Effects of zinc deficiency/zinc supplementation on ammonia metabolism in patients with decompensated liver cirrhosis.
Yoshida Y,Higashi T,Nouso K,Nakatsukasa H
Acta Medica Okayama , 2001,
Abstract: Hepatic encephalopathy is one of the major complications in decompensated liver cirrhosis. The current study was conducted to clarify the mechanisms of zinc deficiency in liver cirrhosis and its involvement in hepatic encephalopathy via ammonia metabolism. Ten patients each with compensated or decompensated liver cirrhosis and 11 healthy volunteers were enrolled in the study. Serum zinc levels and its daily urinary excretion were measured, an oral zinc-tolerance test was performed to examine zinc malabsorption, and the effects of diuretics on zinc excretion and of zinc supplementation on ammonia metabolism in the skeletal muscle were studied. The mean serum zinc levels in patients with decompensated liver cirrhosis were found to be significantly lower than the levels in controls and patients with compensated liver cirrhosis. The serum zinc levels were inversely correlated with blood ammonia in the fasting state. In the oral zinc-tolerance test, the percent increase in serum zinc levels 120 and 180 min after ingestion was less in cirrhotic patients than in controls. A diuretic administration resulted in a significant reduction in serum zinc levels. An increased uptake of ammonia by and an increased release of glutamine from leg skeletal muscle after oral supplementation of zinc sulfate were evident. Taken together, zinc deficiency in decompensated cirrhotic patients appears to be due to low absorption and to high urinary excretion, for which excessive diuretic administration is, in part, responsible, and zinc supplementation might play an important role in the prevention of hepatic encephalopathy by activating glutamine synthetase.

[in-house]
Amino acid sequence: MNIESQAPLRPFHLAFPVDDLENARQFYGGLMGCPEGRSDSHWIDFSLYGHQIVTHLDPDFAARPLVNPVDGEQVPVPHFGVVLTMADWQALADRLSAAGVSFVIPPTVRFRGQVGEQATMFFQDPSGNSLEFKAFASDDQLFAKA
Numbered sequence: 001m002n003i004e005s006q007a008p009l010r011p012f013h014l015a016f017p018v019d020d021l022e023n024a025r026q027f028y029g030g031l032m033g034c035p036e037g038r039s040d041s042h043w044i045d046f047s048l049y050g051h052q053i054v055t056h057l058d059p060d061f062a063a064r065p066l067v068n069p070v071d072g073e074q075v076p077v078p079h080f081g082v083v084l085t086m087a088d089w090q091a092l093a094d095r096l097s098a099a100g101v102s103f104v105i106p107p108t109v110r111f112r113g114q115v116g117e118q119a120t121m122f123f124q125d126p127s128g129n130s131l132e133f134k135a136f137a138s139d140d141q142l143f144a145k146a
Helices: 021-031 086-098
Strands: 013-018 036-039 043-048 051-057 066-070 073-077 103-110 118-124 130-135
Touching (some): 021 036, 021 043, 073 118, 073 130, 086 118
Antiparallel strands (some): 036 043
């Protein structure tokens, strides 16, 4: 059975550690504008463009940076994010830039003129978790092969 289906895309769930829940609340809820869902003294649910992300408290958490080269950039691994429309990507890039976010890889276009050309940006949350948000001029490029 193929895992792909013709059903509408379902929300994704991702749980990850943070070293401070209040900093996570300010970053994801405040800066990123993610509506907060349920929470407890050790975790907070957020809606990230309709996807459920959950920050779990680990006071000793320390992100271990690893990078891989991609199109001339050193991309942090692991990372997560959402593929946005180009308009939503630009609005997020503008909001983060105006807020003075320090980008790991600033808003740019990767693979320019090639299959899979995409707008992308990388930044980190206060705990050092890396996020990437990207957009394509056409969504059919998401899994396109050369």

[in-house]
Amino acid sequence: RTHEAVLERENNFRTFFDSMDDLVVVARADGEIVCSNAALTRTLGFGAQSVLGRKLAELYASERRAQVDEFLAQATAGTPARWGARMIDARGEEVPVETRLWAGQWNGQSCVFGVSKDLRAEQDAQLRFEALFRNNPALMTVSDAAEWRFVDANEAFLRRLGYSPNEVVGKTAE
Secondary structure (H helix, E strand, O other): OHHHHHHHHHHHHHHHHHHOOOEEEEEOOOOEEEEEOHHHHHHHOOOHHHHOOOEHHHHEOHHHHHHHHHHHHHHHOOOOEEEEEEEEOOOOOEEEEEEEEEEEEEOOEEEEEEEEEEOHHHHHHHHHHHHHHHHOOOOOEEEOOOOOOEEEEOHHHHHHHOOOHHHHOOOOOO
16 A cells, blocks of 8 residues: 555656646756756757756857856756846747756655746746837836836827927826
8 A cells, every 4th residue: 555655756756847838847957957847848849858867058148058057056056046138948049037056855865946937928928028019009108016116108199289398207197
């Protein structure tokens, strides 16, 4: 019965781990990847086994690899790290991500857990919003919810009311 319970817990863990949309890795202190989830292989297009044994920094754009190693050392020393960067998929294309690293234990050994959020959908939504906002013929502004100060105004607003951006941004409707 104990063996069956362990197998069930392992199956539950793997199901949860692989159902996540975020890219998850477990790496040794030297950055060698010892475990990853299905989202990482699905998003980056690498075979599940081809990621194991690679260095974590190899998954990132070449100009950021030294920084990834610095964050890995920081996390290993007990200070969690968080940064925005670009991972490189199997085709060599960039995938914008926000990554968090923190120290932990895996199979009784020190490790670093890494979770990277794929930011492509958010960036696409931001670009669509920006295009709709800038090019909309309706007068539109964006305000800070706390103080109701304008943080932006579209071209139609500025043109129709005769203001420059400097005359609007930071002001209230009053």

Page 1 /100
Display every page Item


Home
Copyright © 2008-2017 Open Access Library. All rights reserved.